Let us speculate for a moment how parties would allocate contractual risks in the ideal world. Let us assume that a buyer and a seller are about to enter into a contract for the sale of an explosive chemicalat a tentative price of 1000. There is one point on which there is not yet an agreement, and that is the question who should bear the risk of an accidental explosion of the chemical. In an ideal world each party would determine with great care what the expense of avoiding the risk


5 Cf. the more detailed analysis of this problem by Adams, Ökonomische Analyse des Gesetzes zur Regelung des Rechts der Allgemeinen Geschäftsbedingungen, in: Ansprüche, Eigentums- und Verfügungsrechte, Schriften des Vereins fur Socialpolitik (Hrsg. Heumann 1983) 655 ff.; Schäfer/Ott, Lehrbuch der ökonomischen Analyse des Zivilrechts (1986) 323 ff.; Behrens, Die ökonomischen Grundlagen des Rechts (1986) 155ff., in particular 170—172.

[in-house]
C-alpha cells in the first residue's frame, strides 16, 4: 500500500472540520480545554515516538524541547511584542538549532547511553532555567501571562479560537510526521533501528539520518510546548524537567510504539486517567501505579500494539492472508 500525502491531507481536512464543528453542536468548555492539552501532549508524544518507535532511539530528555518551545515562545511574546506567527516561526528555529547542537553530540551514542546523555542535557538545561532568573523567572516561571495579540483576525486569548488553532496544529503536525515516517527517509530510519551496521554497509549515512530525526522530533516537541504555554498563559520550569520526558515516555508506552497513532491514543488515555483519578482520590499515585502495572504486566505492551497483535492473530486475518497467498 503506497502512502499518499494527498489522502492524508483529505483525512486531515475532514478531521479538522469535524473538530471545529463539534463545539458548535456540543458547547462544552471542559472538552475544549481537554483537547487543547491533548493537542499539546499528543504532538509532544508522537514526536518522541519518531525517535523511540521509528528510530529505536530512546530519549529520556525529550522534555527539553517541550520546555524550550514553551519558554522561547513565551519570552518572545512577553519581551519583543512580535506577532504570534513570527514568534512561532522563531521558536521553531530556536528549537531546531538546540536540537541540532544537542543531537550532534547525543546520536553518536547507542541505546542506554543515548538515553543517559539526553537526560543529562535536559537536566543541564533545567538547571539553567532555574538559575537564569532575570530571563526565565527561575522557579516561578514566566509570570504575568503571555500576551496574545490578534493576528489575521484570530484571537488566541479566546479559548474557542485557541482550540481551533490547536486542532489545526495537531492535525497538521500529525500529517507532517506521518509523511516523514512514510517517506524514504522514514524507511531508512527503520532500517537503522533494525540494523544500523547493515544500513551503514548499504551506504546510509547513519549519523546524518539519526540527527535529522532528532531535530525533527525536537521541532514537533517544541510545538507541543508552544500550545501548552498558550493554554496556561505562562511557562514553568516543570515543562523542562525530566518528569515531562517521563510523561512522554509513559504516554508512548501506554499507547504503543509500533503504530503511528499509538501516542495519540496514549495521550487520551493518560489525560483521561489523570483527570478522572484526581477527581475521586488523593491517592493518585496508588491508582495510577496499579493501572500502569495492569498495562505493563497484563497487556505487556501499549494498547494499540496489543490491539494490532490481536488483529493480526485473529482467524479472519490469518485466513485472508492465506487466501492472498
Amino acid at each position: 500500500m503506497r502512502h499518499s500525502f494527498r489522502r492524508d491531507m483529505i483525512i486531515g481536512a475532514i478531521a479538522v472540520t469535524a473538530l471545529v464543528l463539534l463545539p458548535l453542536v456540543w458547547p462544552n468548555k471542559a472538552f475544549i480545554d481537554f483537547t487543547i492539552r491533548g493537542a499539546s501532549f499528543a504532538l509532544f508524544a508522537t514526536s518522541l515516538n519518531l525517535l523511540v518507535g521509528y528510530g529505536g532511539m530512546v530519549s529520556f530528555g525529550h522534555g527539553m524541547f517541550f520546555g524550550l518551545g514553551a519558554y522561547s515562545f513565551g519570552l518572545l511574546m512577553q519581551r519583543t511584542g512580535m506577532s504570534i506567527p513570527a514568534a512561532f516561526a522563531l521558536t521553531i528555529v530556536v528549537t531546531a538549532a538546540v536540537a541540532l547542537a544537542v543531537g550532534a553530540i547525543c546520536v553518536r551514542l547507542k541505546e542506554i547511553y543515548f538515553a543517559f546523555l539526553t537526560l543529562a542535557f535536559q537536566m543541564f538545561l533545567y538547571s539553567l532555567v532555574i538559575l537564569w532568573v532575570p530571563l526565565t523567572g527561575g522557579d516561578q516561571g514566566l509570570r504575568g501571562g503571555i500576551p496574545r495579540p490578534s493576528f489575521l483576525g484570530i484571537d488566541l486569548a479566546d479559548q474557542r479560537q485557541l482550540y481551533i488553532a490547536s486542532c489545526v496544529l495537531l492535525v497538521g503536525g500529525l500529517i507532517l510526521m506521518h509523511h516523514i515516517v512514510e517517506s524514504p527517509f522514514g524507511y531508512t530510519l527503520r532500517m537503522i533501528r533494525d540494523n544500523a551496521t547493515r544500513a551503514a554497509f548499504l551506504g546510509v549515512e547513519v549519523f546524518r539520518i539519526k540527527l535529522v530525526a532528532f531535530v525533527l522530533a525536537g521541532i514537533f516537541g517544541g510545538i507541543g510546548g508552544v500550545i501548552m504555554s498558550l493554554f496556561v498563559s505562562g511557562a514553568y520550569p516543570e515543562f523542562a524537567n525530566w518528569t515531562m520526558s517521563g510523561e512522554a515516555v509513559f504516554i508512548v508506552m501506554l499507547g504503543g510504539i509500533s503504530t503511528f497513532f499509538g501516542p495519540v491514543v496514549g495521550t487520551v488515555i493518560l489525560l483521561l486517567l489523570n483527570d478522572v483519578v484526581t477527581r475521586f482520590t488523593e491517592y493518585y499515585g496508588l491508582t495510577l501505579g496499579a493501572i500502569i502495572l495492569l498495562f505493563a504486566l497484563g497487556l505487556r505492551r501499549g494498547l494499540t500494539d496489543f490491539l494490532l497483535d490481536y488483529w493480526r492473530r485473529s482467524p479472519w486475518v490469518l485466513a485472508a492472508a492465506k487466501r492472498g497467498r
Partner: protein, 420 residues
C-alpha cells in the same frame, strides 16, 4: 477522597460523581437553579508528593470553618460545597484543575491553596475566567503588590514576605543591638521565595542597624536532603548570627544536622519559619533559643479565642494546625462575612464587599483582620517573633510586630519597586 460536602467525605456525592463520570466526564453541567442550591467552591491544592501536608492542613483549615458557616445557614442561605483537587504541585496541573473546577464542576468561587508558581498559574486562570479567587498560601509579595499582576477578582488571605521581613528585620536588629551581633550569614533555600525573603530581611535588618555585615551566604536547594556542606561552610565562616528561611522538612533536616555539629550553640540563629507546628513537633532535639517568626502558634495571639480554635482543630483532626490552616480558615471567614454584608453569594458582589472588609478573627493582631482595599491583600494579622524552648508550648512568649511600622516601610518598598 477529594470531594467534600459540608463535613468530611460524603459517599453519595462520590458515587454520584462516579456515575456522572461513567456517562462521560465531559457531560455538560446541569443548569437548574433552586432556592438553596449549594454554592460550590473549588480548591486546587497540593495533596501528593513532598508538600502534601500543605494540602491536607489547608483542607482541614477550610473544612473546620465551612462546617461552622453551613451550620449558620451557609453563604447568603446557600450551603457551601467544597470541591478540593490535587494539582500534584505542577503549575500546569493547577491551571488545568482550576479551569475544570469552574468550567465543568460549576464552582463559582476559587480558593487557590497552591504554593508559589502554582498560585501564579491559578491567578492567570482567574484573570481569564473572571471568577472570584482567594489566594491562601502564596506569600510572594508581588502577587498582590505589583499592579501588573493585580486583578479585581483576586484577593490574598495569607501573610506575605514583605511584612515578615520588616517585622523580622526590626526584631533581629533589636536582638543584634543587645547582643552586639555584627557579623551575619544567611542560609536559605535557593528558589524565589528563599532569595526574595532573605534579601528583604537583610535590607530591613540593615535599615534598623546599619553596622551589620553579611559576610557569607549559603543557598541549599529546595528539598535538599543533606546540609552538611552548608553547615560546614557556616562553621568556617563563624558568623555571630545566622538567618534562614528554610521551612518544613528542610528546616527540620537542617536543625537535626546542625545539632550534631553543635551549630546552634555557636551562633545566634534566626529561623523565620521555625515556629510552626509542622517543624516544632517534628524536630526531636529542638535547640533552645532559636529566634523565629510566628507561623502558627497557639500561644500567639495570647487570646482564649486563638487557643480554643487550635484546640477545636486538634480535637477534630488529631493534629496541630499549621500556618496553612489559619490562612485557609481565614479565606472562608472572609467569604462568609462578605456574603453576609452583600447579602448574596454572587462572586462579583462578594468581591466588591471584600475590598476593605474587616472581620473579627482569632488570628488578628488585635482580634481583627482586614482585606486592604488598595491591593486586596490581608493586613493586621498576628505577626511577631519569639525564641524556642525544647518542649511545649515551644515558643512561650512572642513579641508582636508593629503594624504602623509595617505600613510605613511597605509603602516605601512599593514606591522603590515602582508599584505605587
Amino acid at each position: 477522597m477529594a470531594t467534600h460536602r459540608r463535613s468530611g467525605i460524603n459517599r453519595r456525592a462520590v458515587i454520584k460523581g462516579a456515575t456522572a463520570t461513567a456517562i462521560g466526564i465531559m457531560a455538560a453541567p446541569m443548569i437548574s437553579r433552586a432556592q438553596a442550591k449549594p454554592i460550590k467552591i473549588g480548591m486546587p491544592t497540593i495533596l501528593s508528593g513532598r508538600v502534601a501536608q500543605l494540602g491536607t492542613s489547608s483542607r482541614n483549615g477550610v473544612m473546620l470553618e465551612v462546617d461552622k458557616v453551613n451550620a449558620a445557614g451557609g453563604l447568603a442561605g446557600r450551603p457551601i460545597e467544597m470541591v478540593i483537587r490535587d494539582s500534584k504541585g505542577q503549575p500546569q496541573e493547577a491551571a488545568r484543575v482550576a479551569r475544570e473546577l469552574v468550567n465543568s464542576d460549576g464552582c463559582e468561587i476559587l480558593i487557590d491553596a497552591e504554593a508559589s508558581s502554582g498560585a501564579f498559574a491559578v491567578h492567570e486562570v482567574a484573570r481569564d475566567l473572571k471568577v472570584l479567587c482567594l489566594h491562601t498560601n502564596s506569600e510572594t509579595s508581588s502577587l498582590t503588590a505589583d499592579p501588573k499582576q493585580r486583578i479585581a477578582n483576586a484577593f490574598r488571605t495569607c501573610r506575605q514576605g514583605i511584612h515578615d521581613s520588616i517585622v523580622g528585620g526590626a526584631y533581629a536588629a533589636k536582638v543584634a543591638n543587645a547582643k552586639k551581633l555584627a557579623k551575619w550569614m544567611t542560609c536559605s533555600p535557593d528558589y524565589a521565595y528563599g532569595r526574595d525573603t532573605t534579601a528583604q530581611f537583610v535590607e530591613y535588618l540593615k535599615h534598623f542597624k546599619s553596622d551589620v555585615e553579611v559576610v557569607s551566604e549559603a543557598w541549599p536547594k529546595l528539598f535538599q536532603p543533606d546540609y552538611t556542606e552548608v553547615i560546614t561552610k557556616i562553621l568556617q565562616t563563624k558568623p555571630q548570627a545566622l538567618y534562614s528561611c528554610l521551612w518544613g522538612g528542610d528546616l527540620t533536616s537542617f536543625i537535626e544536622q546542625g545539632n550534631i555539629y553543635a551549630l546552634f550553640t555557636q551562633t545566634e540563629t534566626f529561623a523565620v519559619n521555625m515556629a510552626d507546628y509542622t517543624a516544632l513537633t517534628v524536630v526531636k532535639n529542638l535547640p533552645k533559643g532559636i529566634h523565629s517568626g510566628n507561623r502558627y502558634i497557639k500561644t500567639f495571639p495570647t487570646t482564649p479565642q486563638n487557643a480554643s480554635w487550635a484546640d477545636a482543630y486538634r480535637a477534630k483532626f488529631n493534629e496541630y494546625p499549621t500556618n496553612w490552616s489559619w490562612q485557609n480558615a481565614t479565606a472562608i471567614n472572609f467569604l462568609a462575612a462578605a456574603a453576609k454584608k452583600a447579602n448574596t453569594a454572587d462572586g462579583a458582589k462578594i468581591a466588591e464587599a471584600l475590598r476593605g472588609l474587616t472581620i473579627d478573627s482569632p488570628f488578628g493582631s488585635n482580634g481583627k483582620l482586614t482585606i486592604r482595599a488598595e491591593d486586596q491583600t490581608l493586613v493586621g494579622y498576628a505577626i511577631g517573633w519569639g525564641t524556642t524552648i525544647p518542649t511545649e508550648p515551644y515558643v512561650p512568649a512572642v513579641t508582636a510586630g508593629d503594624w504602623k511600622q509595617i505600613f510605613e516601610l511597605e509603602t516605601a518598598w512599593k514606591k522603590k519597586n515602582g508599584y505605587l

Unfair Exemption Clauses 477of explosion would be. Suppose that the seller came to the conclusion that it would cost him 100 to take safety measures that eliminate the risk. In that event he would be willing to bear the risk if the buyer agreed to pay 1100. This offer would be accepted by the buyer if the safety measures he might take to eliminate the risk cost him more than 100. If the cost to him is only 80 he would not accept the offer. He would assume the risk himself and pay only 1000. True, the overall cost to him would be 1080. But he would still be better off than if the risk had been borne by the seller since in that case the contract price would have been 1100. It is remarkable that this method of allocating the risk does not only maximize the private advantage of the parties but serves also the overall interest of society. From a general point of view, we must be interested in assigning the risk to the party who is able to eliminate it at lower expense than the other party. On a first level, we therefore reach the conclusion that a contractual risk of a certain description will in the ideal world be assumed by the party who is able, at lower cost than the other party, to prevent it from materializing.